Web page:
Indeed. It’s certainly a positive development to see both the SNP and Labour getting rid of more offensive elements within their parties which, it must be said, seem to be present in a large cross-section of party memberships.

  3. Galloglass,

    “For myself, a few minutes research will tell anyone who exactly I am, my real name and previous political history”

    But that’s not the same as making the decision to openly declare it. It’s true that a lot of people niece ly tend to think that they won’t get caught on the net if they hide their name, but it is the personal decision to make yourself known that matters as it ties you to what you post.

    The other aspect of all this and particularly the Press coverage of “Cybernats” is that much of what is put in tweets and blogs is little different to what they themselves put in print.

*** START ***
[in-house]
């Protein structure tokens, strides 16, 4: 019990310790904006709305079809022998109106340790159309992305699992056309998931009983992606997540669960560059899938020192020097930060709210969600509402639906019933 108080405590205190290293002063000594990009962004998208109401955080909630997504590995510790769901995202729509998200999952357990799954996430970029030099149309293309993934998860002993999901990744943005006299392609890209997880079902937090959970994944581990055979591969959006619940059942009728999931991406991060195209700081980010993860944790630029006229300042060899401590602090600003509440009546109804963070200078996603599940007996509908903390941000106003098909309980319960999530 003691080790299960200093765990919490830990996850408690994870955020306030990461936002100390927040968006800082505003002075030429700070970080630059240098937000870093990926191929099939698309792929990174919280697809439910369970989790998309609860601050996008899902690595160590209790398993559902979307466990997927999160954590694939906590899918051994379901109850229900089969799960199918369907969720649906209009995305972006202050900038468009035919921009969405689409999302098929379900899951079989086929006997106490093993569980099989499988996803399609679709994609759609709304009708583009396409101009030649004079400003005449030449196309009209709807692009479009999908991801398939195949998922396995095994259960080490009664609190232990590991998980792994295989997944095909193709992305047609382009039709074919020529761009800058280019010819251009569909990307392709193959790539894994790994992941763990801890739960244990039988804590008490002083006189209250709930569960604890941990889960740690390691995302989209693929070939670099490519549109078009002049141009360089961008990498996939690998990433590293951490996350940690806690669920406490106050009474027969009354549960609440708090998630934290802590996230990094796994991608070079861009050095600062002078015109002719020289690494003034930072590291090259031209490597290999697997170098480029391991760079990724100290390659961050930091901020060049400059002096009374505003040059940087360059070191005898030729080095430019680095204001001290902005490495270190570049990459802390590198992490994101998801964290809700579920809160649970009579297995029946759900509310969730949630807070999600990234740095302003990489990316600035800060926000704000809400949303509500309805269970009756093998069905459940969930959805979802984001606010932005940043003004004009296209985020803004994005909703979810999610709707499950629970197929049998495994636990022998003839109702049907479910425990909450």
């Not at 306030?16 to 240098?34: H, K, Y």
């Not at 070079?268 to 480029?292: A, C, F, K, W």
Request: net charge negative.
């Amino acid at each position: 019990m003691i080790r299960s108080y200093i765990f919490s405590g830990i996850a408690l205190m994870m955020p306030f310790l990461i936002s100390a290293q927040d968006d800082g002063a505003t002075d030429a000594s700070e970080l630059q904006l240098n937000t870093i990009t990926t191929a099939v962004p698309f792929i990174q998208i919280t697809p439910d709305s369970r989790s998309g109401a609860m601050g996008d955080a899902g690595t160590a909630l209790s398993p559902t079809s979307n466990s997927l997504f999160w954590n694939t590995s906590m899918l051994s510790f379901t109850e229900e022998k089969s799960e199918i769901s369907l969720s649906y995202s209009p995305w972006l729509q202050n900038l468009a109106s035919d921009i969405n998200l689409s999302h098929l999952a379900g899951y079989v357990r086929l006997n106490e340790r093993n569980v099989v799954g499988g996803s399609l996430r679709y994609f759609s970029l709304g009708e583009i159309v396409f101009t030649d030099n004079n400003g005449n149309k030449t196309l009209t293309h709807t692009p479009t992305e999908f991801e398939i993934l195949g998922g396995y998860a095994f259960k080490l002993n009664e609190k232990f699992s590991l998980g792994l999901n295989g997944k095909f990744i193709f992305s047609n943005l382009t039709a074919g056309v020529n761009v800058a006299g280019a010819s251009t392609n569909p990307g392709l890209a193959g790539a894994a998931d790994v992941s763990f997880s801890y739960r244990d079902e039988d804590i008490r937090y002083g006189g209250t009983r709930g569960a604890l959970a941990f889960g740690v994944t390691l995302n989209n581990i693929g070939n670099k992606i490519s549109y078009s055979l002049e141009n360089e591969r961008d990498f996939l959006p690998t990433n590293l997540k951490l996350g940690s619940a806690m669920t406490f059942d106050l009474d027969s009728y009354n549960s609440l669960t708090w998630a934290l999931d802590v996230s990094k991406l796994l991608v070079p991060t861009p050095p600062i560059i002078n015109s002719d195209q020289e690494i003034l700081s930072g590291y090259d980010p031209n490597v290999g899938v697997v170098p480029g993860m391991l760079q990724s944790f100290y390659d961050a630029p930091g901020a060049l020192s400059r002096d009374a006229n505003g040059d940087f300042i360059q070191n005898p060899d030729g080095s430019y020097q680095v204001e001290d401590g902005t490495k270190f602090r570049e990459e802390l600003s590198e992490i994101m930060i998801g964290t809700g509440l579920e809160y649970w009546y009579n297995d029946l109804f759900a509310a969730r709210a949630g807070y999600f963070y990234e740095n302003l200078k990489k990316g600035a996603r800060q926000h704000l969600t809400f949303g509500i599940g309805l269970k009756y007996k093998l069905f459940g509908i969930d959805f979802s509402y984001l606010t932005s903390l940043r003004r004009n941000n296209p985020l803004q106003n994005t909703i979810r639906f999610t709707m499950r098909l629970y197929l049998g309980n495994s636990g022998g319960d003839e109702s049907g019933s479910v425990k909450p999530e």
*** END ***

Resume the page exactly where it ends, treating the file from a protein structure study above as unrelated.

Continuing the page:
I suspect if people put some effort in to produce a game of “Hack or Troll” most of us might be hard pressed to tell what was one of those vicious unwarranted attacks by a blogger the Press highly and which was one was the vicious unwarranted attack in a journalists syndicated column!

    for fun you could also put in a couple of the vilifying comments politicians, who like to complain about Internet Trolls, make about each other.

    I am increasingly coming to the conclusion that the Press make such a big deal about this because they have both partisan agendas and that it is just such easy copy that can get a headline with a cut & paste and little effort.

    After all now they can’t hack people’s phones it’s “Trawl for Trolls” or actually do some proper journalism and earn their money!

    Peter.

  4. This is probsbly the last seat on the LibDem target list to be in an achievable range for them in Scotland. Much will depend on whether the LIbDems will be able to find a high-profile candidate with local connections as the candidate still matters in these far-flung areas. It will also depend on how far the SNP’s Ian Blackford is able to build up a good reputation as an MP.